Directed by Craig Brewer. Kenny Wormald, Julianne Hough,, Miles Teller, Dennis Quaid, Andie MacDowell. Paramount.
Decent Films Ratings
|?Teens & Up|
Content advisory: Teen drug abuse and drinking; some sexuality (nothing explicit) including lewd dancing; some violence including a man battering a woman; scattered crude language.
A Christianity Today review
By Steven D. Greydanus
“Because it might lead to dancing” is the punchline to a old joke with a number of denominational and other variations, all having to do with why Christians of a given persuasion are against sex before marriage, or in general, etc. (I was raised Christian Reformed, and we told it about ourselves.)
Flip-flopping Christian moral concerns about dancing and sex along a different axis, Herbert Ross’s 1984 dance movie Footloose proposed that not allowing kids to dance would lead to trouble. A small-town crusade against the evils of rock music and dancing, led by John Lithgow’s hidebound, authoritarian Rev. Moore, created a repressive environment in which bored kids acted out in unhealthy ways until big-city new kid Ren McCormack (Kevin Bacon) led a dance revolution that helped the town relax and get its groove back.
I have no nostalgic brief for Footloose, which I saw for the first time only recently. It’s no classic, but I was mildly surprised at how comparatively engaging it is. The setup of square patriarchy versus hip youth threatens to devolve into church-bashing, but Ross’s film subverts this to a degree: Rev. Moore is gradually humanized, while Ren is ultimately seen, smart-alecky attitude notwithstanding, to be a decent kid. What could have been an anti-church motif ultimately becomes an affirmation of a more moderate, relaxed Christianity.
In general, the remake cleaves faithfully to its source material, often beat for beat and line for line, though some lines are used in different contexts and with different meanings. As Ren, dancer Kenny Wormald is a likable presence, and while he doesn’t have Bacon’s charisma and doesn’t try, he doesn’t need a body double for the dance sequences. Miles Teller ably fills Chris Penn’s shoes as Ren’s new friend Willard, a scrappy local boy who can’t dance. Ren drives the same yellow VW Bug, though he also has an iPod, and there are a few other concessions to the intervening decades.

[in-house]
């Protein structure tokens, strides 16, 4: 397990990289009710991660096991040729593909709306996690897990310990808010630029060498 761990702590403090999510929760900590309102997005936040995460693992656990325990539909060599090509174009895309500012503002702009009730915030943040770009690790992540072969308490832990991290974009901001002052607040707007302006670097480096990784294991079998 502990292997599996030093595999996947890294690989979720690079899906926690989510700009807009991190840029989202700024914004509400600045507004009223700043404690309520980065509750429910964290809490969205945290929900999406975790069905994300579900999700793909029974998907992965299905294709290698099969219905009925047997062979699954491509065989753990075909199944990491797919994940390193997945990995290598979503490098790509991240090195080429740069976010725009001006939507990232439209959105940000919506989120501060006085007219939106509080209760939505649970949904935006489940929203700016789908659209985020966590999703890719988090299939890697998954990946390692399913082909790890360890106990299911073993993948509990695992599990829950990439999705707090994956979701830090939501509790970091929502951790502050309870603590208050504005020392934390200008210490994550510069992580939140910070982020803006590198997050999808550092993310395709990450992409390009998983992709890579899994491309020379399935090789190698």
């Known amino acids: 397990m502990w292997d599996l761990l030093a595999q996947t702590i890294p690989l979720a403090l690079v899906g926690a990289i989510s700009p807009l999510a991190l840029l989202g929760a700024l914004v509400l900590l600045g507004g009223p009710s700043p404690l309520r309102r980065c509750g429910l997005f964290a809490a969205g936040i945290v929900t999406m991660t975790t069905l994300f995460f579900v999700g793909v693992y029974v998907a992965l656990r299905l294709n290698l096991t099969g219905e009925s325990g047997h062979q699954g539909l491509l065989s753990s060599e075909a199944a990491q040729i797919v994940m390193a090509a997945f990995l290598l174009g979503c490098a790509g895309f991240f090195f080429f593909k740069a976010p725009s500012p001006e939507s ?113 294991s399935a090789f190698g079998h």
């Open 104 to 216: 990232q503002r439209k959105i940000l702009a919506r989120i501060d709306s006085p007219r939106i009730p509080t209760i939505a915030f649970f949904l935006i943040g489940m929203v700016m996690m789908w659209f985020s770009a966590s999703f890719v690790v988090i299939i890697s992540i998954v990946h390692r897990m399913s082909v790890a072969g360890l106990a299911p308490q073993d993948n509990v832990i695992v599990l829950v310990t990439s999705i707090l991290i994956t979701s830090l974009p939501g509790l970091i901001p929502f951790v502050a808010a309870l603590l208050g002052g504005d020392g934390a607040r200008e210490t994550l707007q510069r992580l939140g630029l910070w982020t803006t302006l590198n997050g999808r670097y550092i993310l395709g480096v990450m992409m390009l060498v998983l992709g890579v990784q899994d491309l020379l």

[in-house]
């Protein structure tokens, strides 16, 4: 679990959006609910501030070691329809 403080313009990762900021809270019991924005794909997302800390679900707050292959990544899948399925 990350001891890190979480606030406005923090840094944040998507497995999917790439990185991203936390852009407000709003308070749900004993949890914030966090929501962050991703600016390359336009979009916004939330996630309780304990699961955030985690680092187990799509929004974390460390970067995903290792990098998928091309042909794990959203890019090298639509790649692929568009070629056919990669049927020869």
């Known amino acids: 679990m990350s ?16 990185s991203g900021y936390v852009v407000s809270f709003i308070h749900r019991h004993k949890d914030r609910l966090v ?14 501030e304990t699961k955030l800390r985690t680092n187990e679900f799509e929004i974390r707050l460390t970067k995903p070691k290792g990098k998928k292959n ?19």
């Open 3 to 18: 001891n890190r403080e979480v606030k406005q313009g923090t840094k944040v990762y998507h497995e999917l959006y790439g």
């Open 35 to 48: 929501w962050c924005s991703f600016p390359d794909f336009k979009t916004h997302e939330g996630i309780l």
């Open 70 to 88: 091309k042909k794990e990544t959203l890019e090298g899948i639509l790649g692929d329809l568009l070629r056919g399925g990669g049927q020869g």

Why a remake? The main rationale seems to be to update the 1980s soundtrack and styles with a contemporary “Southern grit” blend (Hustle & Flow director Craig Brewer’s term) of country, hip-hop and alt rock, with the town of Bomont relocated from the Midwest to the sultry South. Even here the remake is suffused by nostalgia for the original, with cover versions of several songs, including the title track by Kenny Loggins, reworked by country star Blake Shelton.
A secondary goal seems to be to soften and sanitize the ’84 film’s critique of the church — to give it a faith-friendly spin. Lithgow’s buttoned-up, combed-over authority figure is reimagined as a folksy, approachable Dennis Quaid. Quaid smiles warmly as he preaches, and his congregation chuckles appreciatively. There’s no sign here of stifled kids suffering through excruciating services with plodding renditions of “What a Friend We Have in Jesus.”
Where Ross gave us Moore’s no-fun sternness up front and only later revealed its roots, the remake explains everything from the get-go. A prologue dramatically depicts the fatal accident claiming the lives of five teenagers, including Moore’s son, following a night of dancing and drinking. In this version, Moore’s early line “We are being tested” is not in a sermon, but in public testimony advocating restricting public dancing by minors.